“That involves talking to a lot of people, and having an insatiable thirst for learning,” she says. “Because if you’ve talked to one physician, or 10 physicians, it’s probably not enough. You really have to understand at a very deep level how the potential customer will realize the value of your product or service.”
That “value” depends on the problem you’re solving – it could be improving clinical quality, moving the needle on patient experience, and/or providing an economic return to the health care organization (optimally, it would solve for all three!). An important factor to bring forward is a hypothesis on the quantification of value. Real dollar-amount data in health care can be hard to find, and highly variable. Continue to probe, put real numbers behind your solution, and ask if the model you’ve developed makes sense. Focusing on the value proposition to the customer, with data, versus on how exciting or novel your technology is, will be highly advantageous later on.
The second important factor in scaling is having confidence that you can transition from pilot phase to full scale implementation. This is especially important in health care, as each health system (if that is the target customer) is different. Getting to know the right people who make purchasing decisions, have budget for new technology, and are accountable for implementation is critical. “This could be one person or multiple individuals, and isn’t necessarily the same people who were engaged in a pilot project,” DelloRusso advises.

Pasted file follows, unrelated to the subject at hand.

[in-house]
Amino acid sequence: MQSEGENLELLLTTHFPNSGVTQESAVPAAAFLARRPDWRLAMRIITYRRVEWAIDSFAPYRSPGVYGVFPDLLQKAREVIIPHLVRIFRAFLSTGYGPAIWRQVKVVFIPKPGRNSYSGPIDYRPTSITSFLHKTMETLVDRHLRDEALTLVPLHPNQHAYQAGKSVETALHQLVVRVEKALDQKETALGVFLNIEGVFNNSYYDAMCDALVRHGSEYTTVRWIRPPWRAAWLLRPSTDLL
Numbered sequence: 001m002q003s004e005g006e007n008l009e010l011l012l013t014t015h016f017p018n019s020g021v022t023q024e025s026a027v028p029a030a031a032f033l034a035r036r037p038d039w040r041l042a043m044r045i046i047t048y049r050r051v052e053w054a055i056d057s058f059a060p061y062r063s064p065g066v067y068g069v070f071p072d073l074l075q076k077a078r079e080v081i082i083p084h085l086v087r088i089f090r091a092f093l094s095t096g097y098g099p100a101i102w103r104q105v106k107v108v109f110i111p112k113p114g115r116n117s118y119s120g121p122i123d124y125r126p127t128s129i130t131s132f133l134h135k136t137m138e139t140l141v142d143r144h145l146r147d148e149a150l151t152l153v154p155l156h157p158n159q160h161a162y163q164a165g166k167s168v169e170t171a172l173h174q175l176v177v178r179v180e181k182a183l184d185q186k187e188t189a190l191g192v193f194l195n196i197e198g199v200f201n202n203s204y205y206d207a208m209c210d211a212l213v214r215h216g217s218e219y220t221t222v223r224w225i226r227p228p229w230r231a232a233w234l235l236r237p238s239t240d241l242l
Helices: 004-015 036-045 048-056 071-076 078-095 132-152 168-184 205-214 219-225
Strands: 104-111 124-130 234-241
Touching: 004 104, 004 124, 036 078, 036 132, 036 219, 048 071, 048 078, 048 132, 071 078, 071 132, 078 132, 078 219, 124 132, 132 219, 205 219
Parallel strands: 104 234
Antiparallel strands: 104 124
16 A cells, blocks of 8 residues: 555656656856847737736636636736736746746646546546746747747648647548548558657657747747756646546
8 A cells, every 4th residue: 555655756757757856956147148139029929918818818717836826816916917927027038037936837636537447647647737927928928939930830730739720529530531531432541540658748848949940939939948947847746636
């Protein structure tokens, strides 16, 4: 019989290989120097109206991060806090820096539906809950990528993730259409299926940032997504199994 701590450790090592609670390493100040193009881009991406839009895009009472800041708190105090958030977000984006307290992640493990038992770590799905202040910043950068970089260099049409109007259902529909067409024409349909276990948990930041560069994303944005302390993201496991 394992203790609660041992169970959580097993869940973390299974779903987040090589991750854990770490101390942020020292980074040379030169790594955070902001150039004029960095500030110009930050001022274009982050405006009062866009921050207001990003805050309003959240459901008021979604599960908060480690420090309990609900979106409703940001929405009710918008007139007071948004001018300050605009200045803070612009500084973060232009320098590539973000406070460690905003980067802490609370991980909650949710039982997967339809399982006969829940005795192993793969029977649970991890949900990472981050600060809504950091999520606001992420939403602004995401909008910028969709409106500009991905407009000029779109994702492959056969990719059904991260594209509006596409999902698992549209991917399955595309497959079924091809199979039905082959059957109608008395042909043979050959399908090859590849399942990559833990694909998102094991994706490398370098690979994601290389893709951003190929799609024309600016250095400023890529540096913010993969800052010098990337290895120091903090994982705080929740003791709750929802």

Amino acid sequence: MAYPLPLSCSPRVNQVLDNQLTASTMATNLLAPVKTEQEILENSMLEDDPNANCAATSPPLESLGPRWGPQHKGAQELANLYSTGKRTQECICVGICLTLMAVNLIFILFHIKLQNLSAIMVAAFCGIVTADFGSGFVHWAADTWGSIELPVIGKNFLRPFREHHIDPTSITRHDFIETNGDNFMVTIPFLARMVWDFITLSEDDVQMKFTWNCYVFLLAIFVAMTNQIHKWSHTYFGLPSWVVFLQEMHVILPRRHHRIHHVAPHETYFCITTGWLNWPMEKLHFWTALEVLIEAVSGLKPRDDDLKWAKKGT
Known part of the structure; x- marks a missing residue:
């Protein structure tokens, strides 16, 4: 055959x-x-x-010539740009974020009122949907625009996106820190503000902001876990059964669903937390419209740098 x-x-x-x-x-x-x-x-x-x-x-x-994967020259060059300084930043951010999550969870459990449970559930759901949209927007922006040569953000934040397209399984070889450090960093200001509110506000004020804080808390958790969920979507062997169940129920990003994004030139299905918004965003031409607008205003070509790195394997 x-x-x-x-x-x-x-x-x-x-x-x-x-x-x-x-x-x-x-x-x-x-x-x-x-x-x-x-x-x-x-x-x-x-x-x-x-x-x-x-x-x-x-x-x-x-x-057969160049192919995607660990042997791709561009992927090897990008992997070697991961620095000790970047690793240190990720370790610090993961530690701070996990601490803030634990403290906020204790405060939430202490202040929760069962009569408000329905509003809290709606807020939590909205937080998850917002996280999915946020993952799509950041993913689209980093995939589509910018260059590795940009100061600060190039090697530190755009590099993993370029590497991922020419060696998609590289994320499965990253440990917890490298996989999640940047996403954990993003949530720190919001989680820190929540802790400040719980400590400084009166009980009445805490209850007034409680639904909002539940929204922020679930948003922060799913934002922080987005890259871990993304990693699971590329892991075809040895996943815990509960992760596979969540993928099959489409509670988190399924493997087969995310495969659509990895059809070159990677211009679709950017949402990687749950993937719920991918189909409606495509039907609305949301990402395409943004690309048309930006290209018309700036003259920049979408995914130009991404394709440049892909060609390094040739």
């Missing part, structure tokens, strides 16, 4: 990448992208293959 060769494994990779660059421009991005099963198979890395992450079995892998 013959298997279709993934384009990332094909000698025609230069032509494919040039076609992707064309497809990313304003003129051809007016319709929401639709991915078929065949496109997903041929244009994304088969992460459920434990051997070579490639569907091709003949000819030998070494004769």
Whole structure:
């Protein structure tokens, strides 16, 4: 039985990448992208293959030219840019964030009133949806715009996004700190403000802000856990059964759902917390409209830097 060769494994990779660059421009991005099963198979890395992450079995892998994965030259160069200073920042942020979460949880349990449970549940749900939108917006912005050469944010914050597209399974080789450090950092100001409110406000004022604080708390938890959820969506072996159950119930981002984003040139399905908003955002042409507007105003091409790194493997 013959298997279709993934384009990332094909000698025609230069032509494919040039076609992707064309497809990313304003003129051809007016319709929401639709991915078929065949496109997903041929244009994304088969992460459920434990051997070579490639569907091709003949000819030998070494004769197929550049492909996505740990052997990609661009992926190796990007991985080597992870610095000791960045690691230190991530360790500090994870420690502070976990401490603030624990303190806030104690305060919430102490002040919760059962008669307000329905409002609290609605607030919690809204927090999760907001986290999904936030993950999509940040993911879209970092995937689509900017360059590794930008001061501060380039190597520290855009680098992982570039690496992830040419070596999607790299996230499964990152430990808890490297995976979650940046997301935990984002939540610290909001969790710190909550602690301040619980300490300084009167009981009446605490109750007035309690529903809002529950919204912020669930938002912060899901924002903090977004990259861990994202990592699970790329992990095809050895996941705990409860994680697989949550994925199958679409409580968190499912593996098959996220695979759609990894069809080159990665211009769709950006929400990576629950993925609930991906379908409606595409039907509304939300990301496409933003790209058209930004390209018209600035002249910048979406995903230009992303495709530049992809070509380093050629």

Establishing relationships with these points of contact, and keeping them posted on your progress, will later bear fruit when you’re ready to scale, she says.
“A senior executive at a health system might not be able to help you scale at the beginning because you’re still trying to establish product-market fit,” she explains. “But when you’re ready to scale, you can come back and say, hey, we’ve figured it out. We’ve shown it works and demonstrated it with multiple different customers. I’d love to talk to you again and show you what we’ve done.”